Visit a Japanese Tea Garden
Benjamin Truman describes Japanese Tea Garden at 1894 World’s Columbian Exposition in Chicago. "The tea drinkers at the Fair are having such a chance to revel in their favorite beverage as has never come to them before, and very likely will never come again. This tiny Japanese Tea Garden, that is like a bit out of another world, is thronged all day long with curious people who have drunk tea all their lives and would like to stop for a fleeting moment and enjoy an afternoon tea."
"It may be raining torrents on the rest of the Fair, but the visitor feels confident that it never does here. Nature wouldn't have the heart to. The skies are always blue and the sunny light is ever gleaming on porcelain dragons and antique bronzes, and the little rippling waves are always lapping the sedges along the shore with a happy sound, suggesting distant merrymaking, and over there on the hillside, dappled and flecked with the yellow sunshine, the little gardener is always at work with his exaggerated shears, apparently clipping one blade of grass at a time and never in the least hurrying, for he knows deep in his heart that there is plenty of grass to cut and an endless succession of sunny days to cut it in."
"Over on the porch of the ceremonial tea house they are always making tea, and such strong, rich, fragrant tea it is, too. It goes to the head of the visitor, who sits on a gay fat cushion and sips and sips and nibbles the while on the sugar cakes which accompany it, and afterward goes peering around in the tiny rooms of the doll house that the tea people call home, and finally his ideas get perverted, and everything seems perfectly natural and worthy of imitation. He begins to seethe folly of chairs and tables and longs to go hopping around on the matted floors. And stockings with thumbs on them like mittens look sensible and cool, and as he looks down on his own hot patent leathers he no longer takes any joy or comfort in them."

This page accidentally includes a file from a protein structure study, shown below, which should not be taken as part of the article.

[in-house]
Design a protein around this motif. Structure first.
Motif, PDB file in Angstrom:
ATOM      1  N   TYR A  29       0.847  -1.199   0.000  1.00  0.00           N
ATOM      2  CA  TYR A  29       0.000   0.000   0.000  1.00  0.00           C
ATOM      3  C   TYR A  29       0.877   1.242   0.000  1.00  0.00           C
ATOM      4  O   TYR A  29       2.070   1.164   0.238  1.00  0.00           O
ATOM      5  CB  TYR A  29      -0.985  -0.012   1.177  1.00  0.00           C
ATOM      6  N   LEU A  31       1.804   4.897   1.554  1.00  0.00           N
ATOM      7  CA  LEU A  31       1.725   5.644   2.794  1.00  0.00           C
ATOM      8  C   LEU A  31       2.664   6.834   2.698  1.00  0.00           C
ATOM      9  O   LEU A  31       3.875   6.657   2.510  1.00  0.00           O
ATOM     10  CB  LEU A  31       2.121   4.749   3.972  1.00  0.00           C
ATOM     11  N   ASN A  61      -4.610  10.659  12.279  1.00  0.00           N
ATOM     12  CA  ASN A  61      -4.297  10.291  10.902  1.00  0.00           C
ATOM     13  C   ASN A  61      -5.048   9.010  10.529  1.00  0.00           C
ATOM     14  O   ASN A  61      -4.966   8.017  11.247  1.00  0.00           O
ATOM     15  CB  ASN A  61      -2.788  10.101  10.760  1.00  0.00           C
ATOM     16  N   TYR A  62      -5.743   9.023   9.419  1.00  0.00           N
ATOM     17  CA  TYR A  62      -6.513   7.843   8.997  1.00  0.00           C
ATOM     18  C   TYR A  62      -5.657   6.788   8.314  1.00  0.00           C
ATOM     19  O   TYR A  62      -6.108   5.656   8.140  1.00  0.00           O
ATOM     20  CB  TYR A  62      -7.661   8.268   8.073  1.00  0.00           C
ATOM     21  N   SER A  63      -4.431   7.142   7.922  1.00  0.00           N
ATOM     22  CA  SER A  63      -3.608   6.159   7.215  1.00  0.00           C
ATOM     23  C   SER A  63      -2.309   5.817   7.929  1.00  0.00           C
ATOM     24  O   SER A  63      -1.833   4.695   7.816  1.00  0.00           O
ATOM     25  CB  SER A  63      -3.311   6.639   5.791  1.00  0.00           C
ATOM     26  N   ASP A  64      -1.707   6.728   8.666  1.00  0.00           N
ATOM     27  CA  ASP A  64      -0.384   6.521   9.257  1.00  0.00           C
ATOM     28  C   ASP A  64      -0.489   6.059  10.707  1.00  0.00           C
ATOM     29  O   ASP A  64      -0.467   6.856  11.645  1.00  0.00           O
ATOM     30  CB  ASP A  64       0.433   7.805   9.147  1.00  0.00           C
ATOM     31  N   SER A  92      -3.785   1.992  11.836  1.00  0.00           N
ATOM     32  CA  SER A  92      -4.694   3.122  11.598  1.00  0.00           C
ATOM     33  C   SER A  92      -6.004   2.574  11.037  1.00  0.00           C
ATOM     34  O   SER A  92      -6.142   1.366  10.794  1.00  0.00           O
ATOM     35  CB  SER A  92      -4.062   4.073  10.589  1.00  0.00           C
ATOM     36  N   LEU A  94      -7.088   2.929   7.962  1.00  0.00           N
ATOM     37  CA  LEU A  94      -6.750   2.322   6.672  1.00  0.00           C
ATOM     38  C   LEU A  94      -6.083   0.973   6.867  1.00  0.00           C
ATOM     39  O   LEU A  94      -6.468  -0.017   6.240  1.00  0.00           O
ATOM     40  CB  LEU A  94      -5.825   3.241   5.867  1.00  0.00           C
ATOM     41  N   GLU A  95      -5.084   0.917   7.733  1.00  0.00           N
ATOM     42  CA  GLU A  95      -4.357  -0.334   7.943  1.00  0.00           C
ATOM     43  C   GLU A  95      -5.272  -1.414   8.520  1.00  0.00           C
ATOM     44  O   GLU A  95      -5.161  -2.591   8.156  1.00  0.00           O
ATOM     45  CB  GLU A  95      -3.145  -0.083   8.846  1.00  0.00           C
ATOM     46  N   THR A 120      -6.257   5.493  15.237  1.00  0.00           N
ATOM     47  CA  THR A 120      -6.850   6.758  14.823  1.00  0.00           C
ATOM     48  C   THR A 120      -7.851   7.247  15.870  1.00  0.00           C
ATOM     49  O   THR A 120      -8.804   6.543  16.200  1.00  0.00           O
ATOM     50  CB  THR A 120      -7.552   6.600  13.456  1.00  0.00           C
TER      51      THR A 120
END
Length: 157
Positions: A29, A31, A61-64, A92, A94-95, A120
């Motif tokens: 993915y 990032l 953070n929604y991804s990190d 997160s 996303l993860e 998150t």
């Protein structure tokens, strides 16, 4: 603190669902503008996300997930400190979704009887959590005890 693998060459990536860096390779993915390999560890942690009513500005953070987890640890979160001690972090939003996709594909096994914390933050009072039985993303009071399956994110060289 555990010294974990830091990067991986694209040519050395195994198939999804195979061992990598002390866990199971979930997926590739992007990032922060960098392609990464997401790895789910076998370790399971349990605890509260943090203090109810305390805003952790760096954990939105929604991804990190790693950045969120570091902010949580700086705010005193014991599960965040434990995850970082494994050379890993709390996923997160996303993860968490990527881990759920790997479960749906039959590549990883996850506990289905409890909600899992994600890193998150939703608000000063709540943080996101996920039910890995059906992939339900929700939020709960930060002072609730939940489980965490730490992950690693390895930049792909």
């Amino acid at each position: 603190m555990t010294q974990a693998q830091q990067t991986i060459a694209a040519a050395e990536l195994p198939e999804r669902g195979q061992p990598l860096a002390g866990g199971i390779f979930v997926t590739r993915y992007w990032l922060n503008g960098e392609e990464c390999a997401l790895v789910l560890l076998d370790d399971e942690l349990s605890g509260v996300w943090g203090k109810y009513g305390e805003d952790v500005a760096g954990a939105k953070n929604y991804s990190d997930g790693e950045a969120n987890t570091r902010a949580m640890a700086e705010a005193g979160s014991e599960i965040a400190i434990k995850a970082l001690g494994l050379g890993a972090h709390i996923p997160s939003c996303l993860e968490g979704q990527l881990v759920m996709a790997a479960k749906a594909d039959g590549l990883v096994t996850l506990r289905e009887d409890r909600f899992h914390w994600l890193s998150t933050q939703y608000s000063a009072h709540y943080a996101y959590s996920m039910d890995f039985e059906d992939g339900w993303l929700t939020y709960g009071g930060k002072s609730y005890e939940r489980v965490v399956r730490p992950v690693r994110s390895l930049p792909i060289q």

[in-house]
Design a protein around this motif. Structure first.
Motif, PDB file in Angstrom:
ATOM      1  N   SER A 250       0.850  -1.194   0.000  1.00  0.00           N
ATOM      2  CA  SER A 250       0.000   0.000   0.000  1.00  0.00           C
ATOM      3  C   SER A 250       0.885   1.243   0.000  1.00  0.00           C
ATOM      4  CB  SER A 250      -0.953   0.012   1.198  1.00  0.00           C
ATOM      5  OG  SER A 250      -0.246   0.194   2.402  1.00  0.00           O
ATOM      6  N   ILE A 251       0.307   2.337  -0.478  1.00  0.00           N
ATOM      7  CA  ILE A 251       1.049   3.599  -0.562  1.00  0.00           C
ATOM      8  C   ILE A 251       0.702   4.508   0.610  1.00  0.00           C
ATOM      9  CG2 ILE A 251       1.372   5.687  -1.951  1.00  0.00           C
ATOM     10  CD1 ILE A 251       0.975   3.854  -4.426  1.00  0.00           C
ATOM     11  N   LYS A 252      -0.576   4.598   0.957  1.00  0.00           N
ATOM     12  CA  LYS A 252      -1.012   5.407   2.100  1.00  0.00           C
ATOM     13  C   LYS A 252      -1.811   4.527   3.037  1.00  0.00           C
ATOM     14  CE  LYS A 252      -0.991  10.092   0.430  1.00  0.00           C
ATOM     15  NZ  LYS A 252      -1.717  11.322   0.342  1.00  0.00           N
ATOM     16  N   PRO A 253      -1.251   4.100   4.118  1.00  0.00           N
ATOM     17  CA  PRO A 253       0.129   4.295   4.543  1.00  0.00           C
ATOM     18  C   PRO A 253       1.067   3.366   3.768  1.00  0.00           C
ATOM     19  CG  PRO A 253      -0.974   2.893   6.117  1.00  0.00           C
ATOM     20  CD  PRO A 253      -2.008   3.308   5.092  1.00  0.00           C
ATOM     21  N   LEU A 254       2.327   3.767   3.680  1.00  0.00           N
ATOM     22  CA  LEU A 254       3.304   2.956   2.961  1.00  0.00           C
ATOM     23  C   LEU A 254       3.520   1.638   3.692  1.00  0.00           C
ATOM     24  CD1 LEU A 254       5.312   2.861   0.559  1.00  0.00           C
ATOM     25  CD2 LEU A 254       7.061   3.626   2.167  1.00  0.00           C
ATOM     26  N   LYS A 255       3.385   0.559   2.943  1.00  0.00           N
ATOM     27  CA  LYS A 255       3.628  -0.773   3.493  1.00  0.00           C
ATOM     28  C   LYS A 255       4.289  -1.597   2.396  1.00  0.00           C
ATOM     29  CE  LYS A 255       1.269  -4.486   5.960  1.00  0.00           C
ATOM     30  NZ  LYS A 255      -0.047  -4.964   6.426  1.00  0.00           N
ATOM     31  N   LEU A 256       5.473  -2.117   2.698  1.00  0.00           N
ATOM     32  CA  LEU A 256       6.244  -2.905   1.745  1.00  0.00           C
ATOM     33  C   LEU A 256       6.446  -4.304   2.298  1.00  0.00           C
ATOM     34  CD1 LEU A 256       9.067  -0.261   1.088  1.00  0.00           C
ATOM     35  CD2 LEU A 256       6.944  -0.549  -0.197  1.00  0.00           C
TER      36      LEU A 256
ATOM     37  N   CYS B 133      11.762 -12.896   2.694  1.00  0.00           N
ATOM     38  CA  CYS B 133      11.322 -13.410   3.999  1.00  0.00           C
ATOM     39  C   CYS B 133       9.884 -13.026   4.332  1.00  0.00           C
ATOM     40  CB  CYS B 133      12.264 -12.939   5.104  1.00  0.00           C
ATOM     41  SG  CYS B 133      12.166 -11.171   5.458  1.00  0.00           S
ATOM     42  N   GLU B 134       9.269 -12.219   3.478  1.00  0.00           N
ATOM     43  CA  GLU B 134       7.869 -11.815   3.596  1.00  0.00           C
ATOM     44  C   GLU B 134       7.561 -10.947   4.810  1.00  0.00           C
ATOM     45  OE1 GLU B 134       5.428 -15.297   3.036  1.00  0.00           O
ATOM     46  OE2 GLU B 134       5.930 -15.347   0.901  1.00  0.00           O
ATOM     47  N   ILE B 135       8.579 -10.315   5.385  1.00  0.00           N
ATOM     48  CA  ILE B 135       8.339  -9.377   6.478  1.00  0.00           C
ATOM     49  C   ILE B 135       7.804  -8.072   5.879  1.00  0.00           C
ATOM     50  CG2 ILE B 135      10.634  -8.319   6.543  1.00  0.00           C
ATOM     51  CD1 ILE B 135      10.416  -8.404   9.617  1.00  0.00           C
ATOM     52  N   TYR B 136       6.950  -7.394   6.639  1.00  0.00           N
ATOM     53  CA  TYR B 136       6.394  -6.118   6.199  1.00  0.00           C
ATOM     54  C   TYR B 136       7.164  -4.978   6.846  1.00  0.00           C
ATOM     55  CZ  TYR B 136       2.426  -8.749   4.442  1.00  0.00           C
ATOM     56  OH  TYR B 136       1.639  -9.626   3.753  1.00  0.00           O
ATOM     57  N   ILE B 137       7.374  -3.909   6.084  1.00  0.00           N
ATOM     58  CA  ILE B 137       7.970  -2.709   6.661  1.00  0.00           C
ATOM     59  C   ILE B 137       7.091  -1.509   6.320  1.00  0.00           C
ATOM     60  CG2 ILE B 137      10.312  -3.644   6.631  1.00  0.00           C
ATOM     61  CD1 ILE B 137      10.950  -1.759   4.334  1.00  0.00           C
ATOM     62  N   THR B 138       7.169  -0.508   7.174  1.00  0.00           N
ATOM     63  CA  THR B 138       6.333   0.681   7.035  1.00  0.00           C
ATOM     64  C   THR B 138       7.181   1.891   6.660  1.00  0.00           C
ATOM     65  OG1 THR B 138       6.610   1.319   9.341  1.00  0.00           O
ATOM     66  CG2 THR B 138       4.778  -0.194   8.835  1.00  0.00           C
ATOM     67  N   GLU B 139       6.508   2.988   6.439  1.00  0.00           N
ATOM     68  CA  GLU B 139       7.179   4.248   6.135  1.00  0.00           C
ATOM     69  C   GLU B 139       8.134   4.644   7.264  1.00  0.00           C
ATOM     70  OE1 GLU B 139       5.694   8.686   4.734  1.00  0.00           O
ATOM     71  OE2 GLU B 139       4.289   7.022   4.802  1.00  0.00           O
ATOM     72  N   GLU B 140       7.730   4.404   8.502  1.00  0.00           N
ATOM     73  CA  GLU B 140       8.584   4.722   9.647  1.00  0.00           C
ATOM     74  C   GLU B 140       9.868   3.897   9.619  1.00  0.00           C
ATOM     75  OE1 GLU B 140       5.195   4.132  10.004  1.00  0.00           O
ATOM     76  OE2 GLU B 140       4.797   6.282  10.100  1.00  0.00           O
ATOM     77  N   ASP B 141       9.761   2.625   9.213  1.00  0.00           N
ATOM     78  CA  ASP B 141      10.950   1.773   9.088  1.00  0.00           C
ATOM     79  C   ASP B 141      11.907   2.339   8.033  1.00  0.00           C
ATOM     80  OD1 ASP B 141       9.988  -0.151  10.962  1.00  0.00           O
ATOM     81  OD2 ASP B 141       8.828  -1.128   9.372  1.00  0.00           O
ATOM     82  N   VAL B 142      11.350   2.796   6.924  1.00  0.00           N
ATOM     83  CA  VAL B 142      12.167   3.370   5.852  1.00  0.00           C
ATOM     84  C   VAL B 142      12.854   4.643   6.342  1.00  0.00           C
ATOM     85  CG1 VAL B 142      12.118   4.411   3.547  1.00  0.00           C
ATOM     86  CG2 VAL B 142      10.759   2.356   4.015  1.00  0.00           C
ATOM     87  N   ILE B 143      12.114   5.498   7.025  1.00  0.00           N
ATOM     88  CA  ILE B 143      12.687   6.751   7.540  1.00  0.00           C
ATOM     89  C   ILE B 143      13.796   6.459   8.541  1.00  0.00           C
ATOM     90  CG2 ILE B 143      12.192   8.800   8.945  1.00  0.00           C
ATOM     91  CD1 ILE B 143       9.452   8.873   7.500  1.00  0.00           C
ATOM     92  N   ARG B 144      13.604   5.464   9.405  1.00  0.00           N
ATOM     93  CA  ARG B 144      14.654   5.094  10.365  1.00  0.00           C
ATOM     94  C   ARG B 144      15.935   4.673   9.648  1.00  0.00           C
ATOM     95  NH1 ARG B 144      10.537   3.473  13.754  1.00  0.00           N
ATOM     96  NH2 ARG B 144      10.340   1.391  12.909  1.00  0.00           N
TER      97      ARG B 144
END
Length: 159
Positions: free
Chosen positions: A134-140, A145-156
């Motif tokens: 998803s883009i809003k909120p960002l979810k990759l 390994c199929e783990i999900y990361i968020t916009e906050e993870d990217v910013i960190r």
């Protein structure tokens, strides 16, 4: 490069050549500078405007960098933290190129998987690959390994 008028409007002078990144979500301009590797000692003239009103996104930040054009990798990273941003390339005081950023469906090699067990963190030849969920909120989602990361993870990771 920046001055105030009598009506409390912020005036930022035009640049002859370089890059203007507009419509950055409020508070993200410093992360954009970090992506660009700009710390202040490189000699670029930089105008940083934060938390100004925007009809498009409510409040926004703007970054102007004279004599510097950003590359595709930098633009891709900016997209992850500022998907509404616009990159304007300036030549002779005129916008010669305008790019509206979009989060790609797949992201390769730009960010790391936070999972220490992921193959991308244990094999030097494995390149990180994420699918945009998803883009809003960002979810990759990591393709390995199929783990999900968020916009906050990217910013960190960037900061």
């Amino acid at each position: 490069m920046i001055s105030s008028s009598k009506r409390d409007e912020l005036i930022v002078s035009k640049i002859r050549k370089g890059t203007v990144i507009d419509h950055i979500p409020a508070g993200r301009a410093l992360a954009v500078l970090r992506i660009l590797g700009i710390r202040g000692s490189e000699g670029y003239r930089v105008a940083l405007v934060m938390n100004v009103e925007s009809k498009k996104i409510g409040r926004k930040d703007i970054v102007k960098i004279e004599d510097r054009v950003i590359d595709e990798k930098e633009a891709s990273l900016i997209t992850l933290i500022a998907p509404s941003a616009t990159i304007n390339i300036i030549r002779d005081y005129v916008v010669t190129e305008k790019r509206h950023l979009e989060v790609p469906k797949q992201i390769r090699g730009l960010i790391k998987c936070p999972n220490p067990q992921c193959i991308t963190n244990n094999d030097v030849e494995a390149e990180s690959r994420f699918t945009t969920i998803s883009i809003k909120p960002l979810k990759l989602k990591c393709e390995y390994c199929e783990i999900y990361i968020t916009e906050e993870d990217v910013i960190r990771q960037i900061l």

"There are two tea houses in the little Japanese garden, a big, cool, shady retreat, where the common herd who just drink tea may resort, and the ceremonial tea house, where those to whom tea is a religious conviction may observe their rites. The floor of this latter house is raised some two feet from the ground, and visitors sit along the edge of the open porch and put their teacups on its shining cedar boards and share a Victorian tea party with other garden visitors."
"First, the soft-spoken attendant hops down with a dish of candy. There are two of them, looking like bricks of ice cream for a doll's party. They rest on a transparent square of some shining material that might be a very delicate kind of paper, but it is not; it's a shaving."
"Following the candy comes a rough-looking cup filled an inch deep with liquid tea so startling green that the visitor is almost afraid of it. This is the ieucha, powdered tea—the very best tea leaf grown carefully ground in a little bronze mill and steeped in the cup, and stirred with a bamboo-whisk broom. The rough yellow cup which the visitor looks at so slightingly is antique satsuma, more costly than the finest egg-shell china."
"The attendant brings the tea cup on a silken mat, from which the drinker lifts. This being disposed of, a rather more decorative cup follows, containing tea made from the natural leaves and steeped in a pot. This is called sees-cha, and is pale yellow. A sample package of the tea and a little fan accompany the second cup as a souvenir; this usually causes consternation to the visitor, who does not know how to transport them from the grounds."
"In the ceremonial tea house is a tiny, paneled room, a facsimile of the room where State teas are held in a Japanese house. There are some beautiful bronzes here and an iron raven to be used as an incense burner."
"By the door is a bronze lavatory, where guests wash before entering. The tiny room is spotlessly clean and sweet with its cedar and bamboo and matting."
[From: "History of the World’s Fair" Author Benjamin Truman]